THE GOLDEN CRAB
this time the apple which she received from the black man was of gold. But before the Prince went to the tournament he said to his wife, ' Now I know you will betray me to-day.'
But she swore to him that she would not tell who he was. He then repeated his warning and went away.
In the evening, while the Princess, with her mother and sisters was standing at the window, the Prince suddenly galloped past on his steed and threw her the golden apple.
Then her mother flew into a passion, gave her a box on the ear, and cried out, ' Does not even that prince please you, you fool ? '
The Princess in her fright exclaimed, ' That is the Crab himself!'
Her mother was still more angry because she had not been told sooner, ran into her daughter's room where the crab-shell was still lying, took it up' and threw it into the fire. Then the poor Princess cried bitterly, but it was of no use; her husband did not come back.
Now we must leave the Princess and turn to the other persons in the story. One day an old man went to a stream to dip in a crust of bread which he was going to eat, when a dog came out of the water, snatched the bread from his hand, and ran away. The old man ran after him, but the dog reached a door, pushed it open, and ran in, the old man following him. He did not overtake the dog, but found himself above a staircase, which he descended. Then he saw before him a stately palace, and, entering, he found in a large hall a table set for twelve persons. He hid himself in the hall behind a great picture, that he might see what would happen. At noon he heard a great noise, so that he trembled with fear. When he took courage to look out from behind the picture, he saw twelve eagles flying in. At this sight his fear became still greater. The eagles flew to the basin of a fountain that was there and bathed themselves, when suddenly they were changed into twelve handsome youths. Now they seated themselves at the table, and one of them took up a goblet filled with wine, and said, 'A health to my father !' And another said, ' A health to my mother !' and so the healths went round. Then one of them said :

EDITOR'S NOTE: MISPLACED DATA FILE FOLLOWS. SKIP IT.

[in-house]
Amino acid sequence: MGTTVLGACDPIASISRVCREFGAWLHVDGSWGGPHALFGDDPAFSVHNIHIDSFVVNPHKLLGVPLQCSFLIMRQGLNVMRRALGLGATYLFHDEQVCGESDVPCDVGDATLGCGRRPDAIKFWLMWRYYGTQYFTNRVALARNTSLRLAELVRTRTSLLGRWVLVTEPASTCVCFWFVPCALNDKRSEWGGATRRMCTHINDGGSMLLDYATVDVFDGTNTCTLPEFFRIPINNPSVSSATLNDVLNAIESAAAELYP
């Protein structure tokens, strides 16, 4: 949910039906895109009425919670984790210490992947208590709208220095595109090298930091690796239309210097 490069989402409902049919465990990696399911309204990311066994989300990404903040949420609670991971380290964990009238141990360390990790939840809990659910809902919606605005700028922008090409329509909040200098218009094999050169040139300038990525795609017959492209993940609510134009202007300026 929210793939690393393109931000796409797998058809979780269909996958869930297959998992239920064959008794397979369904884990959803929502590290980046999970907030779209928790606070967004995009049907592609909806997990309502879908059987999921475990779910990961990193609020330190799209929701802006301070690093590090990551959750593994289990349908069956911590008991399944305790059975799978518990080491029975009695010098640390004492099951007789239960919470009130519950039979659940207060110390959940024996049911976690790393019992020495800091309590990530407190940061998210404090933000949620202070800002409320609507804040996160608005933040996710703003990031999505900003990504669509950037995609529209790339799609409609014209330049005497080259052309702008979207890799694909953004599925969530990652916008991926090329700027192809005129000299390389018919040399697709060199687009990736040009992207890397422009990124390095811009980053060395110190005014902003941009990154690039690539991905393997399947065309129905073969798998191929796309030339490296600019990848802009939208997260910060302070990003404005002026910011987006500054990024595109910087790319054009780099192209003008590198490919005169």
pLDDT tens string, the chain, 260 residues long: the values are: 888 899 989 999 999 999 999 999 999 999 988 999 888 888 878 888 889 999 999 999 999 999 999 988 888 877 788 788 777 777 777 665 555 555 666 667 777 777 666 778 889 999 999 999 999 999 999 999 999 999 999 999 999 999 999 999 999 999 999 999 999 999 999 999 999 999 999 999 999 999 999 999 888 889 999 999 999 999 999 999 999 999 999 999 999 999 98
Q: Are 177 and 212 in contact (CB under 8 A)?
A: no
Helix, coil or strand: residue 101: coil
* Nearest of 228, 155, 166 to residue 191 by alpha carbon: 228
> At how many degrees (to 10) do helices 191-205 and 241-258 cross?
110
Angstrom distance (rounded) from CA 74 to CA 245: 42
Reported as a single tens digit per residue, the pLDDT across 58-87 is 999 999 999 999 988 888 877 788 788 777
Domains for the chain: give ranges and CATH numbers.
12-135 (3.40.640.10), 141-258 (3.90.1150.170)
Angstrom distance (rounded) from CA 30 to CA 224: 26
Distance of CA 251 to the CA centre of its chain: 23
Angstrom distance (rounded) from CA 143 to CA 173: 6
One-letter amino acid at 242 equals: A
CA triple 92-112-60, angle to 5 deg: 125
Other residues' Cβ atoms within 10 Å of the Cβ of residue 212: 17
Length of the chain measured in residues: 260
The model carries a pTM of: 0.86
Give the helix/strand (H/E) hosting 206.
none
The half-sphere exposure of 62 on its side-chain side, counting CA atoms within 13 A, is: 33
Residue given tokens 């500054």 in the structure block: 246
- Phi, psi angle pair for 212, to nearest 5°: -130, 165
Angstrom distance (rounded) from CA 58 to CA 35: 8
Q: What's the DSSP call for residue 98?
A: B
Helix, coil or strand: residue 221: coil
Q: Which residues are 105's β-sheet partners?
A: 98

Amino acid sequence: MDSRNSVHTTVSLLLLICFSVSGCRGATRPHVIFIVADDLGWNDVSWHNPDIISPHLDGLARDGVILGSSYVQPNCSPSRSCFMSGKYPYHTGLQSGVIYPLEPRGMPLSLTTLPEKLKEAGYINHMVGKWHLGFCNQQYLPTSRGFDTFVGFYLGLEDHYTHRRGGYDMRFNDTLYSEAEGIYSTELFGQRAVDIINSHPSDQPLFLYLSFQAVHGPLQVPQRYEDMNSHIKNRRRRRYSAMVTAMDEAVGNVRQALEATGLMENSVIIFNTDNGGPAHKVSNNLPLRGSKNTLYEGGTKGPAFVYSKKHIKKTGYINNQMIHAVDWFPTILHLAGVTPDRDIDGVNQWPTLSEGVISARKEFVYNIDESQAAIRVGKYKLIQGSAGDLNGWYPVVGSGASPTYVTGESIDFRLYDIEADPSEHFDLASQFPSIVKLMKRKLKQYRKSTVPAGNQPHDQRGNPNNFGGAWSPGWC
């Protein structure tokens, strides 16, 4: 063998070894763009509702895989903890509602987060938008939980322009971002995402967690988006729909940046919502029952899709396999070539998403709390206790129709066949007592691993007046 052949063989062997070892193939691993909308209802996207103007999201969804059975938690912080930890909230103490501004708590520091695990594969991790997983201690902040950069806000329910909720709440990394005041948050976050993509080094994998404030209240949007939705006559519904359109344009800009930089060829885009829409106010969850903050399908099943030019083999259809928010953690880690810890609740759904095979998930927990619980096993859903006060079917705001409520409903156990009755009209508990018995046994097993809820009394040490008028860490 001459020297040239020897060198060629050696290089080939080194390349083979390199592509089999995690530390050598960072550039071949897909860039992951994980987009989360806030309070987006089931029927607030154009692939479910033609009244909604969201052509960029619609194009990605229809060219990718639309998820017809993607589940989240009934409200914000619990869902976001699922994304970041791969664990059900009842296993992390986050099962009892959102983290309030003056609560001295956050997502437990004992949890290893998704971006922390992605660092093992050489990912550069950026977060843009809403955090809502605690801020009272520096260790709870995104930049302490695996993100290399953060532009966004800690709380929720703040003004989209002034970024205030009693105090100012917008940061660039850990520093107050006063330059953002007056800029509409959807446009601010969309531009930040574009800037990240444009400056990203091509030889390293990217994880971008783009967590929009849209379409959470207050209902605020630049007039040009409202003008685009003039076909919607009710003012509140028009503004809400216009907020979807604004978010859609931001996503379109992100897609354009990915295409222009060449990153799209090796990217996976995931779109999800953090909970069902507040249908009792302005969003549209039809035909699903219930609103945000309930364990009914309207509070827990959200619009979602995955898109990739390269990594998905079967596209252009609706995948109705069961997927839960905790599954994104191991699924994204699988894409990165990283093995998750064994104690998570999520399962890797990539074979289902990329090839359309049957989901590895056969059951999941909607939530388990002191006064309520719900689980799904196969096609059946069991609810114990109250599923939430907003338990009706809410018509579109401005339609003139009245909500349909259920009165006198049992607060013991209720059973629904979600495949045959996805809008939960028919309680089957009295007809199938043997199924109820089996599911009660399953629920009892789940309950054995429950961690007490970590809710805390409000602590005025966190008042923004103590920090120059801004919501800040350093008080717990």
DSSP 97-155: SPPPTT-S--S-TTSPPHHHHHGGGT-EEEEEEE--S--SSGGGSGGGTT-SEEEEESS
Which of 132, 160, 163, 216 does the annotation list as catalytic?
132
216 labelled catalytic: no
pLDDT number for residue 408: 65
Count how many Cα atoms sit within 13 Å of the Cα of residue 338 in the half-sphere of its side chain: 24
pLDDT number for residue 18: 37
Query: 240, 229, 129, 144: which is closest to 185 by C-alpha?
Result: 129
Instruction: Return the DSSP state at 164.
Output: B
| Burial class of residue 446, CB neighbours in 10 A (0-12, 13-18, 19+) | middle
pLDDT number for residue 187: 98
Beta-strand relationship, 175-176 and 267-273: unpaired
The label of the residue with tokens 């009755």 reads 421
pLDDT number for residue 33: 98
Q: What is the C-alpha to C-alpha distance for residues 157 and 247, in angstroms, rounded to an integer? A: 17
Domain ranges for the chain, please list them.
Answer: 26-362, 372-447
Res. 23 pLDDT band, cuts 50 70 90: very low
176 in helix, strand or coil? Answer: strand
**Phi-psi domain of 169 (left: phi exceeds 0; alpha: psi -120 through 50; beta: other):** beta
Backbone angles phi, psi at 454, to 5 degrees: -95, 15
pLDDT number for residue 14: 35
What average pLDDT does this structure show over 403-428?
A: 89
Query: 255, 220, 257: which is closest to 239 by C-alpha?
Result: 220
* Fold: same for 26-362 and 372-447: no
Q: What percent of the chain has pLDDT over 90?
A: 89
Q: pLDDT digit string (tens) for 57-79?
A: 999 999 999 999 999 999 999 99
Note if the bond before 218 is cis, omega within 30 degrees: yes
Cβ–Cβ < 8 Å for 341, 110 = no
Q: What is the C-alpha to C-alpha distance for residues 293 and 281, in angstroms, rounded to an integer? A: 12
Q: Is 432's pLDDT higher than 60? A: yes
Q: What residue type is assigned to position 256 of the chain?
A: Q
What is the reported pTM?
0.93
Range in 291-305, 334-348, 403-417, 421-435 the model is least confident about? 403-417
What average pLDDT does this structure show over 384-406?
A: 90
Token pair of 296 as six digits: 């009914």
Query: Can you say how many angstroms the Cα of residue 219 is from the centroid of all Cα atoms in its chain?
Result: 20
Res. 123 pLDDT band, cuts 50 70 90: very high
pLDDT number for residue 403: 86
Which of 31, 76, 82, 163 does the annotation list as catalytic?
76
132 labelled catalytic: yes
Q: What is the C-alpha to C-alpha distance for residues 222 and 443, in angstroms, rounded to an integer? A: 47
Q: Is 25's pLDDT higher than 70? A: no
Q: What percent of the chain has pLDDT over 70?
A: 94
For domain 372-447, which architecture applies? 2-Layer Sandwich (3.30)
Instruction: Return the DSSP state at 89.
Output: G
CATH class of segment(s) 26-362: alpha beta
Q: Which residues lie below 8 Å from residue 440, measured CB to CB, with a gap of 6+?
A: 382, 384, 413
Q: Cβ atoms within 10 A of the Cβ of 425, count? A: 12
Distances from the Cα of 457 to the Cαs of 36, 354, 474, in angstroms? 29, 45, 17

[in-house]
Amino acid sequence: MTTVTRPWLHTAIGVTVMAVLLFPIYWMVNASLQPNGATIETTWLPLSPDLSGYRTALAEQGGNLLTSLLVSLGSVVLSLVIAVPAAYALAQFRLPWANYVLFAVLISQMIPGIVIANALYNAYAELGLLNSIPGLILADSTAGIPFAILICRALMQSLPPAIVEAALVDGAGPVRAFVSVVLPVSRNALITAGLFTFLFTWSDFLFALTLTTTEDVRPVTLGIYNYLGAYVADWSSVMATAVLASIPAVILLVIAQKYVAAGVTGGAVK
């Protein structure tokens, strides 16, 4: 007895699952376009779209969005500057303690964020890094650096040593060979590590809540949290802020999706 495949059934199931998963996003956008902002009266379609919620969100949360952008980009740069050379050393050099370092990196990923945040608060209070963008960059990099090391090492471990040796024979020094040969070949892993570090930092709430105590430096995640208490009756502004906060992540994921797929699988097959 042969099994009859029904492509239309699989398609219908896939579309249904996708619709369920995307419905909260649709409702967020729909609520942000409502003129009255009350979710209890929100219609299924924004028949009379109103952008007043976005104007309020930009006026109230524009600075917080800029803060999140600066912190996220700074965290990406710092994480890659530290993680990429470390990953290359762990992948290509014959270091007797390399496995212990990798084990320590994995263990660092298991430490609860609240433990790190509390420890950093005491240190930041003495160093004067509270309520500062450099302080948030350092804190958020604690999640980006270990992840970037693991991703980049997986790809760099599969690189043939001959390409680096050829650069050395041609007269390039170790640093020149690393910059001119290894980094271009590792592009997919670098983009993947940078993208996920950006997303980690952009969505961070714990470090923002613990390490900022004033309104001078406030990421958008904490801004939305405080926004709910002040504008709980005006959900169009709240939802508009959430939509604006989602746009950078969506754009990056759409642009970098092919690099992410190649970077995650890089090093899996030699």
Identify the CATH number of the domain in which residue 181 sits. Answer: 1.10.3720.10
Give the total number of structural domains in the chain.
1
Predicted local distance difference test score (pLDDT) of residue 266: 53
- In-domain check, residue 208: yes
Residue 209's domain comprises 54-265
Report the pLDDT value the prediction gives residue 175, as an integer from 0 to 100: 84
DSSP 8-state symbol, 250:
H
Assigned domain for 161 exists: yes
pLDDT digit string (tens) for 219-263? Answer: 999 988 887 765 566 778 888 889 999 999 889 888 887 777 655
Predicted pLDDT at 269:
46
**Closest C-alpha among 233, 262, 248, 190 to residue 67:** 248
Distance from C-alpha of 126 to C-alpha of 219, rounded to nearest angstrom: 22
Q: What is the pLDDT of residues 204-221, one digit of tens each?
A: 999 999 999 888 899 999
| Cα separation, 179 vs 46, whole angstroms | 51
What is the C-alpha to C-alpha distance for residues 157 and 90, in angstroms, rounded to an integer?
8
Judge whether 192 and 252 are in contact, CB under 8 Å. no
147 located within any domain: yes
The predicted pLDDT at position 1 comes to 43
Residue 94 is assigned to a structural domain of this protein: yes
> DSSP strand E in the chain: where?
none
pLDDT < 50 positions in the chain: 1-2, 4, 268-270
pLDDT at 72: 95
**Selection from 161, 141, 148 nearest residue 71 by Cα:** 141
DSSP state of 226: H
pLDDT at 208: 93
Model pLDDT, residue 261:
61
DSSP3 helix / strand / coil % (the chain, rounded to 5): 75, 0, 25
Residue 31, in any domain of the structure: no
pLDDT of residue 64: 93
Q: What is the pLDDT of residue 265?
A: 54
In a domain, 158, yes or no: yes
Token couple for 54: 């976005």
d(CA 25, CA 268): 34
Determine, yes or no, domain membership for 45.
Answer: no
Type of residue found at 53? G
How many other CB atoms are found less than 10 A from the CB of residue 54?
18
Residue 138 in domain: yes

' A health to my dearest lady,
Long may she live and well! But a curse on the cruel mother That burnt my golden shell !'